My 6-year-old boy hates kindergarten. He fights me every morning and tells me he doesn’t want to go. This morning I had to carry him to my car with his shoes in my hand.

Read original

Republicans gain big in blue-collar elections but narrowly in affluent state elections

State legislative special elections provide an interesting index of partisan sentiment these days. That wasn’t so in the late 20th century, when clever candidates and local notables often got voters to cross party lines. But in this century of increasing partisan polarization and straight-ticket voting, local special elections are a proxy for opinions on national issues.
In that light, consider the results of the two special legislative elections that have resulted in a change of parties so far this year.
The first was in Connecticut’s 36th Senate District on Aug. 17.

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Republicans gain big in blue-collar elections but narrowly in affluent state elections

State legislative special elections provide an interesting index of partisan sentiment these days. That wasn’t so in the late 20th century, when clever candidates and local notables often got voters to cross party lines. But in this century of increasing partisan polarization and straight-ticket voting, local special elections are a proxy for opinions on national issues.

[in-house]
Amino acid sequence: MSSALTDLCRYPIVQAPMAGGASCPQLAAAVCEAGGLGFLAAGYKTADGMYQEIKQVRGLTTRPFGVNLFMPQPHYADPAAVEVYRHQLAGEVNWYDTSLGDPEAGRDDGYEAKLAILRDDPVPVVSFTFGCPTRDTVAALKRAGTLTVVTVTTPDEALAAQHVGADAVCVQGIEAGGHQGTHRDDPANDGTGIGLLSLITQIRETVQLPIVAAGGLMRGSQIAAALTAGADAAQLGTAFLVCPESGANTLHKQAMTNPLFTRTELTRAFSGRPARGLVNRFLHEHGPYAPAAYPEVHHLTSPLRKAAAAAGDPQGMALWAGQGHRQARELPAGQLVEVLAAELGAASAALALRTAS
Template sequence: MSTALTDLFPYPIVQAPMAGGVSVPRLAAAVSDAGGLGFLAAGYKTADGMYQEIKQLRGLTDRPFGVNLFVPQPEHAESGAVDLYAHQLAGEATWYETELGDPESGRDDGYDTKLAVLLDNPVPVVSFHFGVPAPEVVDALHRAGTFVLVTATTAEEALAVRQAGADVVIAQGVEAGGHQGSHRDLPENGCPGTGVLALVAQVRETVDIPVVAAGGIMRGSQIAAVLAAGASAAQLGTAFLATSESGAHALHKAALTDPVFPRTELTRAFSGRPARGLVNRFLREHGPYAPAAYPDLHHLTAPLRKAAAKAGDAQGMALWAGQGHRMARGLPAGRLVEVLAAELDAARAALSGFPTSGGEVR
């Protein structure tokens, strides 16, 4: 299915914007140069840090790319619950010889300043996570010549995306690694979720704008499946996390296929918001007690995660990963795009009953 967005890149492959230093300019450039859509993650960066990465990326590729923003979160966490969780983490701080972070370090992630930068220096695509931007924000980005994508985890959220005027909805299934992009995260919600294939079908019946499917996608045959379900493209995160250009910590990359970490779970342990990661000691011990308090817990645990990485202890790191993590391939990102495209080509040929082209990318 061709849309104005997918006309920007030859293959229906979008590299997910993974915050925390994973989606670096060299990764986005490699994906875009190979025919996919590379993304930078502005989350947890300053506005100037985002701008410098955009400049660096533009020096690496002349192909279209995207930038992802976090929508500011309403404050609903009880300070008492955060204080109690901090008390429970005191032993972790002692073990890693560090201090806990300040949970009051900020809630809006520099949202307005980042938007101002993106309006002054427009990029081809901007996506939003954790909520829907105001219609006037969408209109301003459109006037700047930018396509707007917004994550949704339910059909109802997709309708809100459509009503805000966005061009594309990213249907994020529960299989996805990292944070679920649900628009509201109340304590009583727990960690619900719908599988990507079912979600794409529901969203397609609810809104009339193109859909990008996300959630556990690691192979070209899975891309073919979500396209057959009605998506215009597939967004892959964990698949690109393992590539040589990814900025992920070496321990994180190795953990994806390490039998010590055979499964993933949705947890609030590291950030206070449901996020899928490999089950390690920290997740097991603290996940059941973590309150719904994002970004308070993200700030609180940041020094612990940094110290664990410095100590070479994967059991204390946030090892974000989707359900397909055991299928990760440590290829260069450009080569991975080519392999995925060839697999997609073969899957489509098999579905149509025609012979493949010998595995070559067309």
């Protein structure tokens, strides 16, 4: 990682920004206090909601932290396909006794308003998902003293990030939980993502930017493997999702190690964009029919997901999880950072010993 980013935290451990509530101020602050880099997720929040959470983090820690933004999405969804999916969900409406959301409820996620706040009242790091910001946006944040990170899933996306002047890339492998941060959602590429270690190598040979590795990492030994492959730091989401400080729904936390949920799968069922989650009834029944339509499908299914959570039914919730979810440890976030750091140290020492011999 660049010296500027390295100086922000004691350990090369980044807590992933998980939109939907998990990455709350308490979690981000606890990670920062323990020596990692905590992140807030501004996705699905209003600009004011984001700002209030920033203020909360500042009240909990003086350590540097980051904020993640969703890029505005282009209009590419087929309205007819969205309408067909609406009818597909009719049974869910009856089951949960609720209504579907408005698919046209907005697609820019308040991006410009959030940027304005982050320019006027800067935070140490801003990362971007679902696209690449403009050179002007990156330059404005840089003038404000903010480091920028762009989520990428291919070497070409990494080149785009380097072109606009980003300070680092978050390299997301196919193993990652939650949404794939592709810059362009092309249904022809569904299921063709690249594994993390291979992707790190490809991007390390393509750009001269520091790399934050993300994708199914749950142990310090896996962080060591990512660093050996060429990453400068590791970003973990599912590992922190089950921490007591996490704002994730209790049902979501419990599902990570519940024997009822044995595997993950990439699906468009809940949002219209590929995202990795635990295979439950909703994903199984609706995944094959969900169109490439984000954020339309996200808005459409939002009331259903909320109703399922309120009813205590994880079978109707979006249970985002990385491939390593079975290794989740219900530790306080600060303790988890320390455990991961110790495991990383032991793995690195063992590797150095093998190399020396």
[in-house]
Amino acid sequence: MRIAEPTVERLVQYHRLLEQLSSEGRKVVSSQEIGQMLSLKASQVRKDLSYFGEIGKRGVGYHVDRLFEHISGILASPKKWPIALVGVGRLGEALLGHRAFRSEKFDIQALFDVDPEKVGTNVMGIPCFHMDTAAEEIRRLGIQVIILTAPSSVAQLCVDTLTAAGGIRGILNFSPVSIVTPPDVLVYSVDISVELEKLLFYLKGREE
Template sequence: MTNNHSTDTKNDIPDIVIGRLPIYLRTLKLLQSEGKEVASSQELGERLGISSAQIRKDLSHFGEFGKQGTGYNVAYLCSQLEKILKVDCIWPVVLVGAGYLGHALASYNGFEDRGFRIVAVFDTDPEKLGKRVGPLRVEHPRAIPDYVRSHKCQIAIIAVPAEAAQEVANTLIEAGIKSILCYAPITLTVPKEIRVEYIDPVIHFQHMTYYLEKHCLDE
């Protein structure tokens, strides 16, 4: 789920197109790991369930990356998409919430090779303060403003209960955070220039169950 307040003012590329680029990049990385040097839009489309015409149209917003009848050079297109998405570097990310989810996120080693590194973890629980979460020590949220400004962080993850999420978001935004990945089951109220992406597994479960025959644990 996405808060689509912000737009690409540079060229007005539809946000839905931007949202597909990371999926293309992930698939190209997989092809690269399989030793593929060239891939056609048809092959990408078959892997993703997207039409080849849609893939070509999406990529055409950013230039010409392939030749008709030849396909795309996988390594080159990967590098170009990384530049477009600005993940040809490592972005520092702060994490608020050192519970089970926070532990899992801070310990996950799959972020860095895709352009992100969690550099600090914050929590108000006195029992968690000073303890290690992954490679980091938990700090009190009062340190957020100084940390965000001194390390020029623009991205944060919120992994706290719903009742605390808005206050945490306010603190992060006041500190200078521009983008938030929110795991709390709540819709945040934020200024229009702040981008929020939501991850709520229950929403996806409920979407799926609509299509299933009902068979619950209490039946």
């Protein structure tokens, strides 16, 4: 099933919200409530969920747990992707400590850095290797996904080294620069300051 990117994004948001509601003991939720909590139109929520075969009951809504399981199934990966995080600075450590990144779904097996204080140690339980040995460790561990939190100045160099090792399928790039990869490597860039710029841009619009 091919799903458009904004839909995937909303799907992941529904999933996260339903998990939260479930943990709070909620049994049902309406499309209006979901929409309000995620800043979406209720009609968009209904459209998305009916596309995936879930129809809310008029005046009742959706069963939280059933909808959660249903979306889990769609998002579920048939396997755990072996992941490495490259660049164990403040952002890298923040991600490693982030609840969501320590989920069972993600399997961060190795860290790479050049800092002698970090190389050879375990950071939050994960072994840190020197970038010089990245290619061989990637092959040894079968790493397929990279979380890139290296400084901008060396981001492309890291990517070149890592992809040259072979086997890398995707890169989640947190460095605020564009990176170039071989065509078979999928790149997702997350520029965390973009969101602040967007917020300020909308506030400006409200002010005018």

In that light, consider the results of the two special legislative elections that have resulted in a change of parties so far this year.
The first was in Connecticut’s 36th Senate District on Aug. 17.

Read original

Sens. Cotton, Blackburn: Free speech is under fire on America’s college campuses. Here’s how we’ll protect it

NEWYou can now listen to Fox News articles!
The promise of American higher education has always been that it equips young people with the skills and the knowledge to be wise, productive members of society.
Today, going to college is less promising and more perilous for the thousands of young people who head to campus and immediately encounter angry activists and administrators intent on stifling the speech of anyone who dares to question liberal orthodoxy.